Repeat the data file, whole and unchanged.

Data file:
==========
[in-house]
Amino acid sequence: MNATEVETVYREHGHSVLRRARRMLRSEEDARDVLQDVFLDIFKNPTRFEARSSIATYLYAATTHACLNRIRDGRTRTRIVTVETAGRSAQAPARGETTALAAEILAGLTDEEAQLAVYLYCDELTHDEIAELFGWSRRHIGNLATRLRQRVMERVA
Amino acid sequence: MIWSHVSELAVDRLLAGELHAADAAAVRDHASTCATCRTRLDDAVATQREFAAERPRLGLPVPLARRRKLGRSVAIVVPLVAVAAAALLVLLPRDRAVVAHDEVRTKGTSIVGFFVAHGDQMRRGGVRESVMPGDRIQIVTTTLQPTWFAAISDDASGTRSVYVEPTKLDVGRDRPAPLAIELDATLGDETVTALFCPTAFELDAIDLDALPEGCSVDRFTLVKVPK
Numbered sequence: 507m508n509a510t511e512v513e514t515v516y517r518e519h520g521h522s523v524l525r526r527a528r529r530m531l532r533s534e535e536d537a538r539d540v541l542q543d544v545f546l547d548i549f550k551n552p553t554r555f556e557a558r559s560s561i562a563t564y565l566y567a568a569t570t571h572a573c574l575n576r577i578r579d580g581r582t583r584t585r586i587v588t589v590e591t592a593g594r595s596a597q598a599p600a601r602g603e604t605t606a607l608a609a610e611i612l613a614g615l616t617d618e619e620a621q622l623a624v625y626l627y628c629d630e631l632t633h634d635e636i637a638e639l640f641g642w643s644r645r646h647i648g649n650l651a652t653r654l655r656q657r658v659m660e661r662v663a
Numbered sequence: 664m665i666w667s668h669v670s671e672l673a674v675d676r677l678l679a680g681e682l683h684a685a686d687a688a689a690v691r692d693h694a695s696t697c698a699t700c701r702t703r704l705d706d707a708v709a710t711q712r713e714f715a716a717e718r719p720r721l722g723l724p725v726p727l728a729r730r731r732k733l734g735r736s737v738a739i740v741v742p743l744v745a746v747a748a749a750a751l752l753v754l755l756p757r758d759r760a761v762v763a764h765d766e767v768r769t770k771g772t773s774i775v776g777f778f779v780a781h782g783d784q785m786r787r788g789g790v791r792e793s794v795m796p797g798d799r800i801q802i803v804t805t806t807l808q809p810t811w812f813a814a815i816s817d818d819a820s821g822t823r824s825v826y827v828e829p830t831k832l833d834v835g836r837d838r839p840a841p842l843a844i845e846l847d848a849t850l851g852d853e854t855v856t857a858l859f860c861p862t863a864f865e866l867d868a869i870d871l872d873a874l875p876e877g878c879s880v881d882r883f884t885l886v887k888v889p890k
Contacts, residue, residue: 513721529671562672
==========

[in-house]
Amino acid sequence: MNATEVETVYREHGHSVLRRARRMLRSEEDARDVLQDVFLDIFKNPTRFEARSSIATYLYAATTHACLNRIRDGRTRTRIVTVETAGRSAQAPARGETTALAAEILAGLTDEEAQLAVYLYCDELTHDEIAELFGWSRRHIGNLATRLRQRVMERVA
Amino acid sequence: MIWSHVSELAVDRLLAGELHAADAAAVRDHASTCATCRTRLDDAVATQREFAAERPRLGLPVPLARRRKLGRSVAIVVPLVAVAAAALLVLLPRDRAVVAHDEVRTKGTSIVGFFVAHGDQMRRGGVRESVMPGDRIQIVTTTLQPTWFAAISDDASGTRSVYVEPTKLDVGRDRPAPLAIELDATLGDETVTALFCPTAFELDAIDLDALPEGCSVDRFTLVKVPK
Numbered sequence: 507m508n509a510t511e512v513e514t515v516y517r518e519h520g521h522s523v524l525r526r527a528r529r530m531l532r533s534e535e536d537a538r539d540v541l542q543d544v545f546l547d548i549f550k551n552p553t554r555f556e557a558r559s560s561i562a563t564y565l566y567a568a569t570t571h572a573c574l575n576r577i578r579d580g581r582t583r584t585r586i587v588t589v590e591t592a593g594r595s596a597q598a599p600a601r602g603e604t605t606a607l608a609a610e611i612l613a614g615l616t617d618e619e620a621q622l623a624v625y626l627y628c629d630e631l632t633h634d635e636i637a638e639l640f641g642w643s644r645r646h647i648g649n650l651a652t653r654l655r656q657r658v659m660e661r662v663a
Numbered sequence: 664m665i666w667s668h669v670s671e672l673a674v675d676r677l678l679a680g681e682l683h684a685a686d687a688a689a690v691r692d693h694a695s696t697c698a699t700c701r702t703r704l705d706d707a708v709a710t711q712r713e714f715a716a717e718r719p720r721l722g723l724p725v726p727l728a729r730r731r732k733l734g735r736s737v738a739i740v741v742p743l744v745a746v747a748a749a750a751l752l753v754l755l756p757r758d759r760a761v762v763a764h765d766e767v768r769t770k771g772t773s774i775v776g777f778f779v780a781h782g783d784q785m786r787r788g789g790v791r792e793s794v795m796p797g798d799r800i801q802i803v804t805t806t807l808q809p810t811w812f813a814a815i816s817d818d819a820s821g822t823r824s825v826y827v828e829p830t831k832l833d834v835g836r837d838r839p840a841p842l843a844i845e846l847d848a849t850l851g852d853e854t855v856t857a858l859f860c861p862t863a864f865e866l867d868a869i870d871l872d873a874l875p876e877g878c879s880v881d882r883f884t885l886v887k888v889p890k
Contacts, residue, residue: 513721529671562672